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Biology - AS / A level at Ipswich School

Course description

Biology has been at the cutting edge of scientific research for the whole of the second half of the twentieth century, and there is no sign that the rate of progress is declining. As we go into the 21st century biological sciences are a magnet for ever-increasing research funds as scientists attempt to understand a huge range of biological topics, from molecular biology including the whole human genome and its implications for human health, through to conservation. If work in molecular biology, human genetics, medicine, medical research, pharmaceuticals, boil-technology, agriculture, food science or one of dozens of different biological careers does not appeal then biologists, with their training in studying complex systems, are also found operating successfully in many other walks of life.

For those not intending to study science beyond the sixth form, Biology is a valuable science subject that is both relevant and accessible to sixth form students. Many of our students are following a sixth form Biology course because they enjoyed the subject at GCSE, and want to include some science in their sixth form studies.
Biology in the sixth form at Ipswich School builds on the knowledge and skills developed at GCSE.

Course content

At AS level there are modules on:

Biology and Disease, in which you will study the digestive and gas exchange systems, enzymes, active transport, and how disease can affect these vital functions.

The Variety of Living Organisms, including DNA, protein and carbohydrate structure, cell replication, transport, classification using information from a range of sources, and biodiversity.

An Investigative and Practical Skills assessment.

At A2, the course goes on to consider:

Populations and Environment. Ecology, photosynthesis and respiration feature in this module.

Control of Cells and Organisms which includes responding to stimuli, homeostasis, cell differentiation, protein synthesis, DNA technology and its applications, including diagnosis and genetic fingerprinting.
An Investigative and Practical Skills assessment.

Work in class is intended to promote understanding of the ideas and retention of key concepts. Practical work is designed to develop investigative skills, further illuminate concepts and extend understanding. Students use ICT to collect data, analyse results, obtain information and prepare presentations. A field weekend at the end of the AS year is used to illuminate key concepts in Ecology.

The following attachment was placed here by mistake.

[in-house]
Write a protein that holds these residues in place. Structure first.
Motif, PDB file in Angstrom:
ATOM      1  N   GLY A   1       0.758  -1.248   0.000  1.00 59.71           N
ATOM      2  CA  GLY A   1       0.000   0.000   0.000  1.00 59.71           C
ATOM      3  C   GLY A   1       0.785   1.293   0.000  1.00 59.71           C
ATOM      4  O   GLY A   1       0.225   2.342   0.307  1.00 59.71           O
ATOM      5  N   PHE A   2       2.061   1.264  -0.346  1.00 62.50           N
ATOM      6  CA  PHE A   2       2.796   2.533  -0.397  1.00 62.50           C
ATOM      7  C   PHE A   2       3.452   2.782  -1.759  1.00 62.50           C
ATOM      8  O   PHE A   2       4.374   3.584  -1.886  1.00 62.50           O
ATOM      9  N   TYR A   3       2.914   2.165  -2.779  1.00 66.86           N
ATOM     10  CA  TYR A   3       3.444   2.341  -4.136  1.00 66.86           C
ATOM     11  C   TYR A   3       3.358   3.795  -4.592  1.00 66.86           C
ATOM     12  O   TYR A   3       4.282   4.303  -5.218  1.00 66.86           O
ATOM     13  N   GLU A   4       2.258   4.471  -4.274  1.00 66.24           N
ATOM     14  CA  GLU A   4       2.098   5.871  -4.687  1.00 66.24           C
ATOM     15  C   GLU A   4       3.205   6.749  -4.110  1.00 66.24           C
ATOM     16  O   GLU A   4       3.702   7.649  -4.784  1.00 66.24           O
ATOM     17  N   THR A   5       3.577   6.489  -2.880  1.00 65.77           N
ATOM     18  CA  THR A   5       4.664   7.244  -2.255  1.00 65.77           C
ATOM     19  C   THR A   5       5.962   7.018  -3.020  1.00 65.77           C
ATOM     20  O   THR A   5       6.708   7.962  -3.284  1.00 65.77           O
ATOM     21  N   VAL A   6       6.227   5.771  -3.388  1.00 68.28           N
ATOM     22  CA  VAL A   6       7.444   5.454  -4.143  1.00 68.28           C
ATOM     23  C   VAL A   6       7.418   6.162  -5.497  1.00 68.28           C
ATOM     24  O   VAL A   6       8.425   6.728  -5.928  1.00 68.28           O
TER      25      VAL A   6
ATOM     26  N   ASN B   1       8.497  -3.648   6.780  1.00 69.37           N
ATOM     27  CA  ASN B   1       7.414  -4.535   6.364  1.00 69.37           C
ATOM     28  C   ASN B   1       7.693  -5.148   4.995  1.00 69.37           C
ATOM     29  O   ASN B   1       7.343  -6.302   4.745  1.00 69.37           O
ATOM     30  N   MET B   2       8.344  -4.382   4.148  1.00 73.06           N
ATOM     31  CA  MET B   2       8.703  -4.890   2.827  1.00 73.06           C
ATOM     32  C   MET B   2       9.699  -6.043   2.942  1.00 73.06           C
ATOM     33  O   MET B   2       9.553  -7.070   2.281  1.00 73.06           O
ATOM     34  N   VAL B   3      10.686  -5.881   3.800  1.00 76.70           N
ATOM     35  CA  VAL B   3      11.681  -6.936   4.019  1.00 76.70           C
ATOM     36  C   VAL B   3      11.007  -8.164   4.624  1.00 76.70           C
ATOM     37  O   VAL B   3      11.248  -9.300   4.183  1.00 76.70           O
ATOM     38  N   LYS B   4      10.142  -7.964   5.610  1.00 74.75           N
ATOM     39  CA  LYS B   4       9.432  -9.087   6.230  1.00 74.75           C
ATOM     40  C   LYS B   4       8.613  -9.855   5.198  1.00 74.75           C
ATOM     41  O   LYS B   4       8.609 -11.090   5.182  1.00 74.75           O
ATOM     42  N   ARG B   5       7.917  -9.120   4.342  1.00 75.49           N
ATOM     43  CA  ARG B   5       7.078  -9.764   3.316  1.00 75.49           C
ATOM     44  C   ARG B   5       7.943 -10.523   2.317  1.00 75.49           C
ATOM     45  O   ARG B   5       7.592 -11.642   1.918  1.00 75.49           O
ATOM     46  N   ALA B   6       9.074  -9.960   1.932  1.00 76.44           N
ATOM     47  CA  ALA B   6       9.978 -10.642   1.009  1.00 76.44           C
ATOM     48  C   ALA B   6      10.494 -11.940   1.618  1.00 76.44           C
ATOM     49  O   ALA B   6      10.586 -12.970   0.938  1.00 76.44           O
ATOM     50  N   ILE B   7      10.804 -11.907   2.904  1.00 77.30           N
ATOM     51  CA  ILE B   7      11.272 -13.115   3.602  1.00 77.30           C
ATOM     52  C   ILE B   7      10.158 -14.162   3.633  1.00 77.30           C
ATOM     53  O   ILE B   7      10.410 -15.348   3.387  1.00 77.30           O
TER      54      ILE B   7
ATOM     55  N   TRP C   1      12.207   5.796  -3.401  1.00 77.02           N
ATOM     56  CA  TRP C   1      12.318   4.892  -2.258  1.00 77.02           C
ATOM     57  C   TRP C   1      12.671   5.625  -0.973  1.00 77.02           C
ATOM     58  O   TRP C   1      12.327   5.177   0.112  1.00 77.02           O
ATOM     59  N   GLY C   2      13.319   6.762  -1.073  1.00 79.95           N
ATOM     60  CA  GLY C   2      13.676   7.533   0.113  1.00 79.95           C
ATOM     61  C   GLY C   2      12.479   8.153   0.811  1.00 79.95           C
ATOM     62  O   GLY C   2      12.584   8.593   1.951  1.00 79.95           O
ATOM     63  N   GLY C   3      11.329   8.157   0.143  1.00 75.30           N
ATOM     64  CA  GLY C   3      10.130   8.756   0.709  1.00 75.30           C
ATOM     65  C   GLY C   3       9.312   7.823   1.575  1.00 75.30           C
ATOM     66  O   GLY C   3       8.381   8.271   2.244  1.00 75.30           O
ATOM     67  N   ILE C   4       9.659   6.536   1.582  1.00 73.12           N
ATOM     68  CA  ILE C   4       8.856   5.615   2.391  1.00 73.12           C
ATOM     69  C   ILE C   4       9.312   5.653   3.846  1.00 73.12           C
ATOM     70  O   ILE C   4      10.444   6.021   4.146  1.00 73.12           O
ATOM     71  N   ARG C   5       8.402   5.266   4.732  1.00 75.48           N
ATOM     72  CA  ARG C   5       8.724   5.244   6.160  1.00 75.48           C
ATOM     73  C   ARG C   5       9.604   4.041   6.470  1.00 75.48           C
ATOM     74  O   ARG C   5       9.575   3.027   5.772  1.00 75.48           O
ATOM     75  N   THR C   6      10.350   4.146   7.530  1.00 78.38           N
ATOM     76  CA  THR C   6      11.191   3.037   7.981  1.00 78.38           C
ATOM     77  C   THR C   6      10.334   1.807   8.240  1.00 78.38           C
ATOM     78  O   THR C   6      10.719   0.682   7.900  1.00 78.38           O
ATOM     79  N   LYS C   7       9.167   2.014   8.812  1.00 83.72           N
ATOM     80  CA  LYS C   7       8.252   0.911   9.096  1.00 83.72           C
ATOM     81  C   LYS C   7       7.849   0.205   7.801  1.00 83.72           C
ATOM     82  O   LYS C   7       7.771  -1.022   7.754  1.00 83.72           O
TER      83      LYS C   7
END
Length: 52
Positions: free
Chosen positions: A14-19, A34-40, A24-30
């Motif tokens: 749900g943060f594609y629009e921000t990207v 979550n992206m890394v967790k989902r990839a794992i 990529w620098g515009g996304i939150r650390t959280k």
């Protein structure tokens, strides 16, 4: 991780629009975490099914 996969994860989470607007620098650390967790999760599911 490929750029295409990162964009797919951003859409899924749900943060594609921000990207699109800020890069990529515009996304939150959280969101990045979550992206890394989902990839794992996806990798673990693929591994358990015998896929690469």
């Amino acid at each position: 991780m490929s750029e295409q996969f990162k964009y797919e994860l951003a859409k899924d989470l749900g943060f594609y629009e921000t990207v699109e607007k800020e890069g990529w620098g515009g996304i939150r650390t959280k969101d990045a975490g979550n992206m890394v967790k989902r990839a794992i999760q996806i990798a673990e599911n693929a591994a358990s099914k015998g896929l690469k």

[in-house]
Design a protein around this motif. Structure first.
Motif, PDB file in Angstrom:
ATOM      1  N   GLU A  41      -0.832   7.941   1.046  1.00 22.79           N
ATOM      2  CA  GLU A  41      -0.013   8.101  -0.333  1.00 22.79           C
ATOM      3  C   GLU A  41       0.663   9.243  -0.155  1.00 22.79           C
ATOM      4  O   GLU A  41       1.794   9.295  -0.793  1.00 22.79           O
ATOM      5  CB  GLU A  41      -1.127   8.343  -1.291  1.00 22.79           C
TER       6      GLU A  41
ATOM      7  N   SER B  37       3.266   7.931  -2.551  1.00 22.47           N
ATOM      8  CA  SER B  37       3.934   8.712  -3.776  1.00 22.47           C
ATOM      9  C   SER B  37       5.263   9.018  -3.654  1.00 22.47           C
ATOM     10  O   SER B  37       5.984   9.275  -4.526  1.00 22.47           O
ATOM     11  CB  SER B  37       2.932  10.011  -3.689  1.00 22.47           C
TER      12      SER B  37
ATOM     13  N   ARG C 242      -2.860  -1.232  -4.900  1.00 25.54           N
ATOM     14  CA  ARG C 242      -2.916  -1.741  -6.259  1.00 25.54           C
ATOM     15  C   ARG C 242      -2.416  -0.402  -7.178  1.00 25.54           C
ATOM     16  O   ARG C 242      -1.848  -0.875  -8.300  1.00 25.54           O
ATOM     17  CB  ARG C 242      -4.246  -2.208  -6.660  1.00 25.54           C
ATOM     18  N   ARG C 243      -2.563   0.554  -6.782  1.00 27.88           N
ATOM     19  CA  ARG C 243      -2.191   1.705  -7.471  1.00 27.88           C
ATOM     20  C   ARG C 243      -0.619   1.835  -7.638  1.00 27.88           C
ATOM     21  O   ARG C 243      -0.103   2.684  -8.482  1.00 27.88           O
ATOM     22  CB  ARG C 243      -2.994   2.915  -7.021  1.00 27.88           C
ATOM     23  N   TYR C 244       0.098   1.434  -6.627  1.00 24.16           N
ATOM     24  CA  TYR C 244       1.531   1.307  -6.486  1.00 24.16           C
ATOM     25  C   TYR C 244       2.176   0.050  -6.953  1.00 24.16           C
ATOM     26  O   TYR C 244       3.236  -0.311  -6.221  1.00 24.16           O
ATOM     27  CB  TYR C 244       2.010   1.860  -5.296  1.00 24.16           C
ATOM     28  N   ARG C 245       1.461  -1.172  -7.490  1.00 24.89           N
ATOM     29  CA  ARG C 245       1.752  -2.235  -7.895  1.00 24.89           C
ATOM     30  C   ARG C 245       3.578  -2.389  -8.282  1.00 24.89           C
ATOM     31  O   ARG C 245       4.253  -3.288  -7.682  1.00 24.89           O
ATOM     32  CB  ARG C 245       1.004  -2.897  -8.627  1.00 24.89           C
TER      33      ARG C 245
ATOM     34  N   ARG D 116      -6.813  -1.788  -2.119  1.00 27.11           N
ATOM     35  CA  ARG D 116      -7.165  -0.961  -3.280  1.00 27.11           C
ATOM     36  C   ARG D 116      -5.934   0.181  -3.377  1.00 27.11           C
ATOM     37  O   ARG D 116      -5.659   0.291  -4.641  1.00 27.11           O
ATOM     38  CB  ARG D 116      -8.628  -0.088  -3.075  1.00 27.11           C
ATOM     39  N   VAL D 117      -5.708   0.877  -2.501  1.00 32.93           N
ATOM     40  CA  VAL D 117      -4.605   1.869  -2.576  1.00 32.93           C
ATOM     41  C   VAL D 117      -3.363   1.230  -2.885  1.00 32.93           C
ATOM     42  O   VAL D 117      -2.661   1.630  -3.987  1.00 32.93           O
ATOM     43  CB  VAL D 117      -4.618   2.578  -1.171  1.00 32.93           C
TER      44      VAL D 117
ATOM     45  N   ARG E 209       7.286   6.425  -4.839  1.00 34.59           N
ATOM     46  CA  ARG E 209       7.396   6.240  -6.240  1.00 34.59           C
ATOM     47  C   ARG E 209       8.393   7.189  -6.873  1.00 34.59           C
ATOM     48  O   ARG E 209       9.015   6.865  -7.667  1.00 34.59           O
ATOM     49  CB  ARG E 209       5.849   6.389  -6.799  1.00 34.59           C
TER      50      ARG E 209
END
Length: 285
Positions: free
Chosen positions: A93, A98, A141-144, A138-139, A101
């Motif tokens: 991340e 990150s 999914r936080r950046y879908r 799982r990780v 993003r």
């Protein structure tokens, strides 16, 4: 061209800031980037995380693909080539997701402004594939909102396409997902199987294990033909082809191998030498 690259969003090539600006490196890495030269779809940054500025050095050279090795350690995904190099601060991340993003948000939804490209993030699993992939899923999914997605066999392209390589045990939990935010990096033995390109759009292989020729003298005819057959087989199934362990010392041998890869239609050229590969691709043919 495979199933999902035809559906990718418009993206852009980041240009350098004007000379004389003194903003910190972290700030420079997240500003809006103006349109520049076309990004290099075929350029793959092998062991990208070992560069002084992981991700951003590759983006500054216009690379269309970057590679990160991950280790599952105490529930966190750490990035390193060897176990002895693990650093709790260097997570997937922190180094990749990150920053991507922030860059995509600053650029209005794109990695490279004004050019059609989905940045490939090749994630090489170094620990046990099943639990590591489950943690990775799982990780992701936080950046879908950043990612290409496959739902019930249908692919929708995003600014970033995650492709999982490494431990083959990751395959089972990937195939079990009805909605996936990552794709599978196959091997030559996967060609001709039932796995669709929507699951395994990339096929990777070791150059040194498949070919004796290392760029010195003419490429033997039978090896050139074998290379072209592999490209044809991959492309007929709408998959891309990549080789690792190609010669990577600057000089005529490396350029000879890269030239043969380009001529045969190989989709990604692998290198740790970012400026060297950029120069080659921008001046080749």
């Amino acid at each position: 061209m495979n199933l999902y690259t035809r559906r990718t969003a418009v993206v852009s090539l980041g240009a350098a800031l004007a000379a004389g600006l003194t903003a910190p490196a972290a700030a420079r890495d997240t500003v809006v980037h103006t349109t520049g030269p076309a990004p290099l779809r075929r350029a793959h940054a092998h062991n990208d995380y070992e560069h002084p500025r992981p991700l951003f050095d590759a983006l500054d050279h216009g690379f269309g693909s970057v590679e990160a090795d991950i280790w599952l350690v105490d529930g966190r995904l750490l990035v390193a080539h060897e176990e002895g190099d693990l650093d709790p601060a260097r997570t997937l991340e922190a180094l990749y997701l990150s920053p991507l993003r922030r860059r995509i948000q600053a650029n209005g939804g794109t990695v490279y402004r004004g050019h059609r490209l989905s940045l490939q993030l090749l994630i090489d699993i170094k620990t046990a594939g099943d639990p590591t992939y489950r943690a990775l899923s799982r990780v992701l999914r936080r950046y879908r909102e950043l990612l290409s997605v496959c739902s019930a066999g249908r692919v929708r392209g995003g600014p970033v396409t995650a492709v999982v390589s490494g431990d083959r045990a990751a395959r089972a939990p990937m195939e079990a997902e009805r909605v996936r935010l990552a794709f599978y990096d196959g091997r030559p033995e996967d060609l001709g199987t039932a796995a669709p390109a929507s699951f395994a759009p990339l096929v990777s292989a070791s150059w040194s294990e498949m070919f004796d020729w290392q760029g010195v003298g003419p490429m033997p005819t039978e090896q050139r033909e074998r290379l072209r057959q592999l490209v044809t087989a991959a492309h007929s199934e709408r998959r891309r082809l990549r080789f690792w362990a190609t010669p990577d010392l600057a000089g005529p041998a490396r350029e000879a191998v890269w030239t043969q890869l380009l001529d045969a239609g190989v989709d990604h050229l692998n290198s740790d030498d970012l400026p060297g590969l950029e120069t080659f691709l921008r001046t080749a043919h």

Future opportunities

Biological courses studies by students leaving the sixth form are diverse, and no attempt to list all the possibilities is made here.  However, Agriculture, Biochemistry, Biological Sciences, Ecology, Environmental Health, Food Technology, Microbiology, Pharmacology and Physiology have all been chosen by past students, in addition to medical subjects.  The range of subjects studied by non-specialist Biologists is much more diverse, and includes a very wide range of options, such as Engineering, Geography, Accountancy, Journalism or Psychology.

Further information

Sixth form Biology students fall into two main categories. The first group intend to study some form of biological science after leaving school. Included here are medical, veterinary and dental candidates. These students must pay careful attention to university course requirements, because for some, AS/A2 Chemistry will be essential. Careful reading of university prospectuses is vital to avoid errors.

Medical, dental and veterinary students should definitely study Biology at least to AS level. The work that is done in sixth form contains a great deal that is relevant to their future studies, and choosing this subject demonstrates commitment and interest. Also many Higher Education institutions insist on it. Candidates should expect to be asked for three grade A passes or equivalent points at the end of their A2 courses. They will need to have many A* and A grades at GCSE too.

The second group of students take Biology as a single science on its own with a wide mixture of other subjects. They do not intend further biological study on leaving school. This is often a successful option, providing a valuable science qualification when required.

How to apply

If you want to apply for this course, you will need to contact Ipswich School directly.

Last updated date: 20 May 2014
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